Outside magazine, July 1999
The Diving Dig
The Diving Dig | The Cartwheel | The Figure Four | Take the Stairs |
The Crossover Dribble | The Righteous Gitis | The Rock-a-Copter | Hang Ten | The Twisting Somersault | The Wheelie
Wait for your window of opportunity. The company picnic, perhaps. Your coworkers on the other side of the volleyball net have let down their guard, but they haven’t set down their beers. Without warning, you seize the chance and make a spectacular diving dig
at the boss’s feet, saving a crucial point. Cheers erupt from over by the grill. “Defense wins games,” says Holly McPeak, 30, former UCLA star and a 1996 beach volleyball Olympian. “The other team can be ready to put you away, but make a diving dig to rob them of a point and it can change the whole momentum of the match. It’s a backbreaker.”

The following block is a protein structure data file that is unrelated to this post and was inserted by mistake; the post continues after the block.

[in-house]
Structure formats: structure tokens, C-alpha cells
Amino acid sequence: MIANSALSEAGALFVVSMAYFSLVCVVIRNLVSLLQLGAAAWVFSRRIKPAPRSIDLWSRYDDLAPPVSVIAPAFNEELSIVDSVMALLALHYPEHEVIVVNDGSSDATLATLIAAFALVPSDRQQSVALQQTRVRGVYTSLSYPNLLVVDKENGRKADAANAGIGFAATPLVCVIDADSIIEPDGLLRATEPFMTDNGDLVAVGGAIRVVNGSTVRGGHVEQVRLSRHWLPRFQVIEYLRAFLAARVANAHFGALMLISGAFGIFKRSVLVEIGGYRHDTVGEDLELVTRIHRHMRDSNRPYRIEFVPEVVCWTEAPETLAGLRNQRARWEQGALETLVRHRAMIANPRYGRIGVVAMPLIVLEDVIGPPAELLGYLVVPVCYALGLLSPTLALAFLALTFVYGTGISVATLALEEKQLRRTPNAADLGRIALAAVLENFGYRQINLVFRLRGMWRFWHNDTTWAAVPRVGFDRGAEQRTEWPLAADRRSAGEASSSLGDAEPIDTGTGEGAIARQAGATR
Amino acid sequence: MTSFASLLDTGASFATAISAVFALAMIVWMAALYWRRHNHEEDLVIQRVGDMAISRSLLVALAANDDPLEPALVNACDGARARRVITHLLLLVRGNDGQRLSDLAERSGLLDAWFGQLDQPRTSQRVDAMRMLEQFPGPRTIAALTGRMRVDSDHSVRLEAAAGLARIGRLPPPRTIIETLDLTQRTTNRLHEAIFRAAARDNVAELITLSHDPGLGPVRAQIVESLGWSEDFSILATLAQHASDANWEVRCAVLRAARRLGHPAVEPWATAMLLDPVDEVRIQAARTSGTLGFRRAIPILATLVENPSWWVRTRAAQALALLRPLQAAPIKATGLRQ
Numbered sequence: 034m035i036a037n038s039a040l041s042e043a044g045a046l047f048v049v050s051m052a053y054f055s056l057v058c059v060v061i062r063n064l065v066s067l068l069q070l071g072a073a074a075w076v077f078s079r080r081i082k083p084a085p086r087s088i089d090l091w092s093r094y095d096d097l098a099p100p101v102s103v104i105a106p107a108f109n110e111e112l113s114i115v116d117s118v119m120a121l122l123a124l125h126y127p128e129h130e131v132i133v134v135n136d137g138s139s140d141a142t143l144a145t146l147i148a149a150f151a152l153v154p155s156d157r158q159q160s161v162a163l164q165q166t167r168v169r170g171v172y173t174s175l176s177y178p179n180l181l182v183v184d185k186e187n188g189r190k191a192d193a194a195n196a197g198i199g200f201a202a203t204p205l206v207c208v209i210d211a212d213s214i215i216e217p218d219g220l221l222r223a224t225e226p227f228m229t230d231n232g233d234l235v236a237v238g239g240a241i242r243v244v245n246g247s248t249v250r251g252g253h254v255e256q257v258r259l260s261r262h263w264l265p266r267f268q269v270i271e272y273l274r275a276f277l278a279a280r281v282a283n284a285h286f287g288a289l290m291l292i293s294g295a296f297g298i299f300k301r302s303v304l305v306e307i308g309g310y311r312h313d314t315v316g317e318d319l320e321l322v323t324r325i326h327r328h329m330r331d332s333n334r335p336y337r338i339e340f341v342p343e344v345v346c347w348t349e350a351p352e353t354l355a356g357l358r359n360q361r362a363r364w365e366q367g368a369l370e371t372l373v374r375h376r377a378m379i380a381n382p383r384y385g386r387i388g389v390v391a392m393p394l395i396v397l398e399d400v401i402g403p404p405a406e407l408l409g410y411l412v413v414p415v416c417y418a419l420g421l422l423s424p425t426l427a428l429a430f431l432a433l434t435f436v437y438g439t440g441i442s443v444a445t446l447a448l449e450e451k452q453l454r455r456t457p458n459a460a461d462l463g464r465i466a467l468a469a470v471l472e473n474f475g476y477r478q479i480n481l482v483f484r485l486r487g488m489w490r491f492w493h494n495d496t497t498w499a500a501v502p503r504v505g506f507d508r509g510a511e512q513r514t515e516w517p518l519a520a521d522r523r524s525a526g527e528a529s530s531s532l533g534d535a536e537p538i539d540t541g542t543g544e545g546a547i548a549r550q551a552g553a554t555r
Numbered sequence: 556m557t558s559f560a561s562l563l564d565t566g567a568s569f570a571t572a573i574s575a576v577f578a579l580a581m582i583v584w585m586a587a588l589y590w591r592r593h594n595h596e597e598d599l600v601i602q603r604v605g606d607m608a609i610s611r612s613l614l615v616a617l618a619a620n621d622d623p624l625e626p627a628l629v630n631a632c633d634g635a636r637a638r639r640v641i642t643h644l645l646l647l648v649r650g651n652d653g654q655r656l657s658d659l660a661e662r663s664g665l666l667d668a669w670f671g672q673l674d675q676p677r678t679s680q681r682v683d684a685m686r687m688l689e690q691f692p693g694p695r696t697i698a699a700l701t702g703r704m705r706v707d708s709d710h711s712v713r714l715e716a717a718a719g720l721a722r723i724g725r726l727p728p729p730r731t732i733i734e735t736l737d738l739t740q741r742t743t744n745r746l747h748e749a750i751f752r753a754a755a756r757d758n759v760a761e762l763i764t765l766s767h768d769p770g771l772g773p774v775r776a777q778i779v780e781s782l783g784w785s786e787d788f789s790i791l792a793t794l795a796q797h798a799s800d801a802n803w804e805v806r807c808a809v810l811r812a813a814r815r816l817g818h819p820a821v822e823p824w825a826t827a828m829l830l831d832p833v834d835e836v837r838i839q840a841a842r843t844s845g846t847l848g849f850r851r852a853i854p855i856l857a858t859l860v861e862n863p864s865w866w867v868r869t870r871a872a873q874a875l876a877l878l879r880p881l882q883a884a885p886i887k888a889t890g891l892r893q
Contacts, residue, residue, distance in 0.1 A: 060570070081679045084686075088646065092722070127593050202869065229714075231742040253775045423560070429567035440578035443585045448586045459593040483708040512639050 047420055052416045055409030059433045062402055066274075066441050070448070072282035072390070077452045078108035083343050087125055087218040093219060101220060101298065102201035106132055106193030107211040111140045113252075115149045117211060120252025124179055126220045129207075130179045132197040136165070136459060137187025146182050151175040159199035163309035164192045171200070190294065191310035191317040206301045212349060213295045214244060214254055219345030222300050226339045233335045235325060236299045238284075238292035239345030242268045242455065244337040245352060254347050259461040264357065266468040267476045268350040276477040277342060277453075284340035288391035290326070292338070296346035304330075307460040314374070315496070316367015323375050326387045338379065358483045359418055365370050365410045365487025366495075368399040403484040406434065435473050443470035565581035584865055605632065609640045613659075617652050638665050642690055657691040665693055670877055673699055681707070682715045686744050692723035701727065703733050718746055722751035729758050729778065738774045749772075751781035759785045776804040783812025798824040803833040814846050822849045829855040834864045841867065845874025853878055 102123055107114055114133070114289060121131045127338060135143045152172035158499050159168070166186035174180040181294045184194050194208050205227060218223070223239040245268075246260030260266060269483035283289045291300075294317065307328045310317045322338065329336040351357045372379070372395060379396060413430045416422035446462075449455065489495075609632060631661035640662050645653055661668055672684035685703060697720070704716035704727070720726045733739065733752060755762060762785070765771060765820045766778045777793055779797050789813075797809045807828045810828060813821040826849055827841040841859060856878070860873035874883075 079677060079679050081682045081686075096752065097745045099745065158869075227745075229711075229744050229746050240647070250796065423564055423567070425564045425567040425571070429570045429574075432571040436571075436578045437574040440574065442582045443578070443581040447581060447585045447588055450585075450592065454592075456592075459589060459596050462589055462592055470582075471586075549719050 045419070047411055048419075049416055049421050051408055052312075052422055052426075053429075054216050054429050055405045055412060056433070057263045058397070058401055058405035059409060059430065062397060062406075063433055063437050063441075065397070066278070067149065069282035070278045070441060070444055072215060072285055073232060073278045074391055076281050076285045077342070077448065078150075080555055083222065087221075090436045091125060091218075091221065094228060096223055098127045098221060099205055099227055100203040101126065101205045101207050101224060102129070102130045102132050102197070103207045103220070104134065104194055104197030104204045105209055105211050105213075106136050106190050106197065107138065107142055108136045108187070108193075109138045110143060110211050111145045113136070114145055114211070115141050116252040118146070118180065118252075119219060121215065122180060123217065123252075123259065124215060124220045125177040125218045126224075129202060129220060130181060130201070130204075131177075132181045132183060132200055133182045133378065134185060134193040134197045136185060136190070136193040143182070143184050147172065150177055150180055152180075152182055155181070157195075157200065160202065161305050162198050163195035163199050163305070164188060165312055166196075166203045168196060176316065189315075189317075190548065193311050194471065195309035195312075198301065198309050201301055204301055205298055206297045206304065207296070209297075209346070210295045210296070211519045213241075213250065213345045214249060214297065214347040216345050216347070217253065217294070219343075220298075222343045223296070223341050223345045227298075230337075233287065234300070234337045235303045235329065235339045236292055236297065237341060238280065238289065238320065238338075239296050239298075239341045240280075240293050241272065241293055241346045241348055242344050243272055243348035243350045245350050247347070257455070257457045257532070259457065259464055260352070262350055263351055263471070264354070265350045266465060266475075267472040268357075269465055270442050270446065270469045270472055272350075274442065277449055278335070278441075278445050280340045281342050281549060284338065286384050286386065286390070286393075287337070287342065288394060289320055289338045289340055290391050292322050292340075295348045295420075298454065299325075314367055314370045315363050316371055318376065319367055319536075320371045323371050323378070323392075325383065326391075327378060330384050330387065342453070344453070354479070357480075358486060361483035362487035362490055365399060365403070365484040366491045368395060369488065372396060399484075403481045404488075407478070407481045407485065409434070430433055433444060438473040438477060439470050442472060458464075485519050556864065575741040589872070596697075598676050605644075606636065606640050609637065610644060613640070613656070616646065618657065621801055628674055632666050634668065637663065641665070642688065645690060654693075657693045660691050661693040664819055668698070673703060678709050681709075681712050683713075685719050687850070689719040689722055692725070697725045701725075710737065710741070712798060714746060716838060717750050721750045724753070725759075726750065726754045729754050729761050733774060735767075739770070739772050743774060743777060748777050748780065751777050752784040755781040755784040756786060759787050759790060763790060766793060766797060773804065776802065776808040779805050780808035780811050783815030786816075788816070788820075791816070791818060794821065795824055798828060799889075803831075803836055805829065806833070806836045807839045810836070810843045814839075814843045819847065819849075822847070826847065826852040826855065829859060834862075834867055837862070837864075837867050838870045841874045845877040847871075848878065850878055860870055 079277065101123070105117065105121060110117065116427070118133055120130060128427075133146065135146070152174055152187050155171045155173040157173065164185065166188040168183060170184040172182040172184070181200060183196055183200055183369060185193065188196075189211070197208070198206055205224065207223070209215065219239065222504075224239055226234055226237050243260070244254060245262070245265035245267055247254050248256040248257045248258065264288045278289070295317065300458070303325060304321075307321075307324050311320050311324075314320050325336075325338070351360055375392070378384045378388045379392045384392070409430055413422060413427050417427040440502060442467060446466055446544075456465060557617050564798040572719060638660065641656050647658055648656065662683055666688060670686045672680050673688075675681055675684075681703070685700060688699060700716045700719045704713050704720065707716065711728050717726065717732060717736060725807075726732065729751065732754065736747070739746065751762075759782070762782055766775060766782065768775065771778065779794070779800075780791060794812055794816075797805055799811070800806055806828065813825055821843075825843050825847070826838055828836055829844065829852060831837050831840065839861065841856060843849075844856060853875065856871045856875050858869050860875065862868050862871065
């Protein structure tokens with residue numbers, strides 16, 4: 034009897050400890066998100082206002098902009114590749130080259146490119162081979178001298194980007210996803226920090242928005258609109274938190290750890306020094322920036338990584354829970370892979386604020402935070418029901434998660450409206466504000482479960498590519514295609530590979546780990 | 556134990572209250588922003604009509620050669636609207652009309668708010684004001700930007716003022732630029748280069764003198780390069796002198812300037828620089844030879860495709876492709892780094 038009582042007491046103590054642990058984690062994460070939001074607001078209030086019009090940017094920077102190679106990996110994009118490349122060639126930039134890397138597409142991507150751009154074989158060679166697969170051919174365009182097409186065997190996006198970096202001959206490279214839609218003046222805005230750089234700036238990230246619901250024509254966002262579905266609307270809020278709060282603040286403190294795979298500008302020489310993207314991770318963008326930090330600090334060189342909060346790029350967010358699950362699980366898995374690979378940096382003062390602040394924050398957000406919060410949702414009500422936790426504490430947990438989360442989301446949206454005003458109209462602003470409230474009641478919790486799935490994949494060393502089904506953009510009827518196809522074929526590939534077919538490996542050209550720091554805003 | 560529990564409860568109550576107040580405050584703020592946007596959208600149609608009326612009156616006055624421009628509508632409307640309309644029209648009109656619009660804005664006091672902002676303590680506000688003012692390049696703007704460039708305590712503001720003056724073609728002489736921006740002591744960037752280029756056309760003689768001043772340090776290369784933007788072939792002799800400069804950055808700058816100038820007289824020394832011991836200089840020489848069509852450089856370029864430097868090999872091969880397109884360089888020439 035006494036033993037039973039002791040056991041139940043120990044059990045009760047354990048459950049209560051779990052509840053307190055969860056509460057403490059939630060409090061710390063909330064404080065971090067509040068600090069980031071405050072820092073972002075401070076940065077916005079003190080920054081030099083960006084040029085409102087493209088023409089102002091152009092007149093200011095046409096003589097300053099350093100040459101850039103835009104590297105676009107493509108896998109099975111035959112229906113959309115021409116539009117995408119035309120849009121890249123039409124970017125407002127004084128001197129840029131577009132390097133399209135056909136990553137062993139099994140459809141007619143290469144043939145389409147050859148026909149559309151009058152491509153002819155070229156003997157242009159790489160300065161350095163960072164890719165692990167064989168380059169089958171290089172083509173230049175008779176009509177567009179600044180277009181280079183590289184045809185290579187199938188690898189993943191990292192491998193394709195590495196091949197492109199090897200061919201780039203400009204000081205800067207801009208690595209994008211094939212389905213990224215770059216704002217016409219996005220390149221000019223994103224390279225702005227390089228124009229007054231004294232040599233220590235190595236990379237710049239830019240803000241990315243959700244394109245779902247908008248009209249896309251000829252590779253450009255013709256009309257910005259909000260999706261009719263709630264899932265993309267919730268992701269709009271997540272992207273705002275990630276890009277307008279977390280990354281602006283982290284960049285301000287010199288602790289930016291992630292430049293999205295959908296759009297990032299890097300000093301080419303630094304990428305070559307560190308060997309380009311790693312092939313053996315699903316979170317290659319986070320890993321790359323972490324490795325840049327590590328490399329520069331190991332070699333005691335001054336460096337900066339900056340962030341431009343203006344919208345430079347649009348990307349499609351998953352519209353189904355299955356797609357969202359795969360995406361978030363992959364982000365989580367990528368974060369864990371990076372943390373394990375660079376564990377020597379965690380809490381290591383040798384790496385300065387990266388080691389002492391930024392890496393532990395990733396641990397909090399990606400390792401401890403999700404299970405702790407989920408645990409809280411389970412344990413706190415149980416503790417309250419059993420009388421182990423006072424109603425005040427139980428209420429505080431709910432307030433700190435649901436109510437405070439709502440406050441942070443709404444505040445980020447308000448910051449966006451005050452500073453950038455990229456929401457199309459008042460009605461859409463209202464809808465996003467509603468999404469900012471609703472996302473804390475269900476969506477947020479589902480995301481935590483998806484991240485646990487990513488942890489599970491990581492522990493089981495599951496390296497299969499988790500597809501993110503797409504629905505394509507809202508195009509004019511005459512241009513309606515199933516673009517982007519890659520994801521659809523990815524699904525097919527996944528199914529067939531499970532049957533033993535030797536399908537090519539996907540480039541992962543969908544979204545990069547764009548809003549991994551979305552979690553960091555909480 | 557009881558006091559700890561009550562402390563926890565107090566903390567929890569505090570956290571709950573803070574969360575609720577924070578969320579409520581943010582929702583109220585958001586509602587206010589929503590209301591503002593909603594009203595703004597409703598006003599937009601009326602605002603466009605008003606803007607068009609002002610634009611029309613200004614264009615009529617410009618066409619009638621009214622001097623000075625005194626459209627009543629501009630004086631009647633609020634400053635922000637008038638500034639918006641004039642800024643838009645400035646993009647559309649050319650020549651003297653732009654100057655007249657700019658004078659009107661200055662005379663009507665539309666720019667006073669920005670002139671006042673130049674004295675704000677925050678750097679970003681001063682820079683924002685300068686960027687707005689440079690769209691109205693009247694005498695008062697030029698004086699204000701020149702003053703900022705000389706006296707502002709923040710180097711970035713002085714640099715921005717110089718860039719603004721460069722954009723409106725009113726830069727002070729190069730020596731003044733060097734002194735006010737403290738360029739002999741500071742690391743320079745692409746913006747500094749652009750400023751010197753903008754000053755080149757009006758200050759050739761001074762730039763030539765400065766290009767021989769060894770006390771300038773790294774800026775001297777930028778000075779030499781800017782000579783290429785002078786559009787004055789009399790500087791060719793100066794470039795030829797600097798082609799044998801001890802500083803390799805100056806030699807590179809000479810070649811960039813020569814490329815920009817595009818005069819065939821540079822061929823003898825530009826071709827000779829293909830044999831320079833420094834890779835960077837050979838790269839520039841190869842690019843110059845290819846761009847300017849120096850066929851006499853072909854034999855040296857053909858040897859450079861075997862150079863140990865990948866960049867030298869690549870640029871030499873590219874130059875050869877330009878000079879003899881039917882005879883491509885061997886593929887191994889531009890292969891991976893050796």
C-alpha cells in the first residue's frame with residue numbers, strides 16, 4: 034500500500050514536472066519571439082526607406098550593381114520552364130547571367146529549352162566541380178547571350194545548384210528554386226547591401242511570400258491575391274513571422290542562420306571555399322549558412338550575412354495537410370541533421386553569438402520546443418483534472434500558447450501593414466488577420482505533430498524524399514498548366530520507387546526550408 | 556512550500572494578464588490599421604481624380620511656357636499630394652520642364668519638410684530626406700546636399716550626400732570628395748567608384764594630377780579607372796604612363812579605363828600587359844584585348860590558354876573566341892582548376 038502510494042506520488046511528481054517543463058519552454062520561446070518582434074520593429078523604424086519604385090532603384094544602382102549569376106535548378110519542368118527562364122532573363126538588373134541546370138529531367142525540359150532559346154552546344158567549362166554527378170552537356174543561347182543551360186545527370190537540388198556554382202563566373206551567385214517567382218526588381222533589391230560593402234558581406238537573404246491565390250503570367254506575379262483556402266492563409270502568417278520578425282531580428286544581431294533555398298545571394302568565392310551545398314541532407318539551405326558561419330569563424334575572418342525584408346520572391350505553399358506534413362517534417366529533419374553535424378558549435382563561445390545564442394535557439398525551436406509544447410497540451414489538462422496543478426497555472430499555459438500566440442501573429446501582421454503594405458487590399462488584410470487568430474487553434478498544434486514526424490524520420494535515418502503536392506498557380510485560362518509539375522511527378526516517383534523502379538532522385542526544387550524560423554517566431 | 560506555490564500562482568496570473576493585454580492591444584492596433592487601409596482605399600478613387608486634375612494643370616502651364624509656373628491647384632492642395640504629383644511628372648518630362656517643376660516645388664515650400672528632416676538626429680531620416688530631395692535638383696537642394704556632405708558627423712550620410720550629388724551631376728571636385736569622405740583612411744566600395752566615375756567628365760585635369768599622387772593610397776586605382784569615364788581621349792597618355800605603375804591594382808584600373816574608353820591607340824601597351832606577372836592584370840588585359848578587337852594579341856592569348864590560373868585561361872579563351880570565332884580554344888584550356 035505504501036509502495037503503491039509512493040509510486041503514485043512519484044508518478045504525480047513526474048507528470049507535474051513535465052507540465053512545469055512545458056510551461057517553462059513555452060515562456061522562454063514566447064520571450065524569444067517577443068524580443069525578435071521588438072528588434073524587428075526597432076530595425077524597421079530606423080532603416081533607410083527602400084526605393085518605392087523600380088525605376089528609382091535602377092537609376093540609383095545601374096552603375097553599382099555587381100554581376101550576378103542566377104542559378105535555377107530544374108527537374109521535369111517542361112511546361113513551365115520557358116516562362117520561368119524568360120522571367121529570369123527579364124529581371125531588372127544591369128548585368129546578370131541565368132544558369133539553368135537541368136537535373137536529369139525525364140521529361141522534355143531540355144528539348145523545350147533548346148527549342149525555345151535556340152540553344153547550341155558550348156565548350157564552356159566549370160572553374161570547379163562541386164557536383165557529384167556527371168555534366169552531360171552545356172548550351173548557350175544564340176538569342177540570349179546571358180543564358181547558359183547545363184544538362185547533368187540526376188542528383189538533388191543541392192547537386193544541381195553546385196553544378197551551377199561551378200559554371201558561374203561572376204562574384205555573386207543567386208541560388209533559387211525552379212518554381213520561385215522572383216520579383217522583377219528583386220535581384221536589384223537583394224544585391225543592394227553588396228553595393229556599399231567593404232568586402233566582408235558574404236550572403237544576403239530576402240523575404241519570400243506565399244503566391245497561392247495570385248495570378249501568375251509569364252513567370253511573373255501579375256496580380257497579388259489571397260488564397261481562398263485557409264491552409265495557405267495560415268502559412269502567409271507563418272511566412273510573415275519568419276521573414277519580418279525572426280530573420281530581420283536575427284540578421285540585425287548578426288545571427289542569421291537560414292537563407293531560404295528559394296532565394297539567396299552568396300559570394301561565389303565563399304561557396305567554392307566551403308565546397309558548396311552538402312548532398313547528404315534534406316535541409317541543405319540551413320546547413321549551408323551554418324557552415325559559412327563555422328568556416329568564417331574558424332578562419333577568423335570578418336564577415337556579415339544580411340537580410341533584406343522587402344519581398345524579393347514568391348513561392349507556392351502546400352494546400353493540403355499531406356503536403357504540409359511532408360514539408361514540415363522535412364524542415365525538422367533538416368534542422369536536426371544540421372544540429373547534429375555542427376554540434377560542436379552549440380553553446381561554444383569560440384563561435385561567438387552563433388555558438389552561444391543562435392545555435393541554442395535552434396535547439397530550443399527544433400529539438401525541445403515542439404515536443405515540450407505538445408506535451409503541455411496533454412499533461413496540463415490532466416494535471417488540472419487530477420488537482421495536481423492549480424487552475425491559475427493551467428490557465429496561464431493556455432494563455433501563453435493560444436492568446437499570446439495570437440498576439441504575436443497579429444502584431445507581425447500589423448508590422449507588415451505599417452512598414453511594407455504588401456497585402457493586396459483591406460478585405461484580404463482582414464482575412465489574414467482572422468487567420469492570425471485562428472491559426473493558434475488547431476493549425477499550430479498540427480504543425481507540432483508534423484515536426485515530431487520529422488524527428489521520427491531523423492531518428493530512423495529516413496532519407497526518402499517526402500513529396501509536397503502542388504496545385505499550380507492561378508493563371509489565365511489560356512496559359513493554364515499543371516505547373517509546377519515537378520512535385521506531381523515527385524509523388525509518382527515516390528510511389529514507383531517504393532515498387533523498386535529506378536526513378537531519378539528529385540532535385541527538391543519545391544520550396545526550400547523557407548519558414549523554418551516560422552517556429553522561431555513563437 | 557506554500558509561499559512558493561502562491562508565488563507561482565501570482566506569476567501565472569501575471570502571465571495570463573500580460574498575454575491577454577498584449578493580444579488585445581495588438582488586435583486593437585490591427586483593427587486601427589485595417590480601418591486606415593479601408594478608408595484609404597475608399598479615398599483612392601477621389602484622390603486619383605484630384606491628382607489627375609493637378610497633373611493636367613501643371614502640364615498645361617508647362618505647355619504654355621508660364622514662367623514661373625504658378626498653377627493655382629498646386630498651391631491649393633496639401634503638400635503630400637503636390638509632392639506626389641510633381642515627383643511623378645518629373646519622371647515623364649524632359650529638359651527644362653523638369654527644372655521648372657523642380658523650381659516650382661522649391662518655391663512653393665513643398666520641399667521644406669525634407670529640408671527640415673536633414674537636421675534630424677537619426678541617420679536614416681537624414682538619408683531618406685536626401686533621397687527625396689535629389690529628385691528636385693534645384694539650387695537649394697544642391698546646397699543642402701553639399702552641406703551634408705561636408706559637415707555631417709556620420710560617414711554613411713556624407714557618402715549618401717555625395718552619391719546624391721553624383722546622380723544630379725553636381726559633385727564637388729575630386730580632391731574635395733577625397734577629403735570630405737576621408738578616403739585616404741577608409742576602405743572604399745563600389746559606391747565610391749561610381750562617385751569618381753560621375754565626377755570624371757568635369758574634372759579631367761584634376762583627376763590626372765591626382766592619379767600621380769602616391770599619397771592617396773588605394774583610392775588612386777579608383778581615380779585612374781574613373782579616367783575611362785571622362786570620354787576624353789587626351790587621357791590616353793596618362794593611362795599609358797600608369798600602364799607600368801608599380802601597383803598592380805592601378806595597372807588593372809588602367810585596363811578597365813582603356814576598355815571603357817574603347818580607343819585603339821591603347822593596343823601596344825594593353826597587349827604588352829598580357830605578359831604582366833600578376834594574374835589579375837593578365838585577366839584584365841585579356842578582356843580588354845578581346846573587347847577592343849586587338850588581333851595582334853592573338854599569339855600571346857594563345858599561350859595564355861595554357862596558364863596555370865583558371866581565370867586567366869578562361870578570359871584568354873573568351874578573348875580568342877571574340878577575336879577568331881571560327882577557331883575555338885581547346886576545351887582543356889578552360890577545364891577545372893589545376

Start from the universal athletic crouch: feet shoulder-width apart, weight distributed on the balls of your feet. The instant you sense the trajectory of the ball—”Look at the palm of your opponent’s hand,” says McPeak—take two quick steps toward the spot where it’s going to land and then start your dive. Picture a swimmer launching off the blocks.
You’ll find yourself levitating for a nanosecond, in which time you want to stretch out your arms as far as posible and meet the ball with clasped hands. Or, if you use one hand, make a fist “shaped for holding an ice cream cone,” McPeak advises. Finishing the job is not simply a matter of belly flopping in the sand. Be sure to pop the ball high enough so that your
teammates have a chance to complete the play. “It’s not actually a dig if the ball goes flying off in the wrong direction,” notes McPeak.
WHAT IT TAKES
Power-building weight lifts more commonly associated with big-bellied Russian Olympians, such as clean-pulls and hang-cleans.
PHOTO: Steve Bonini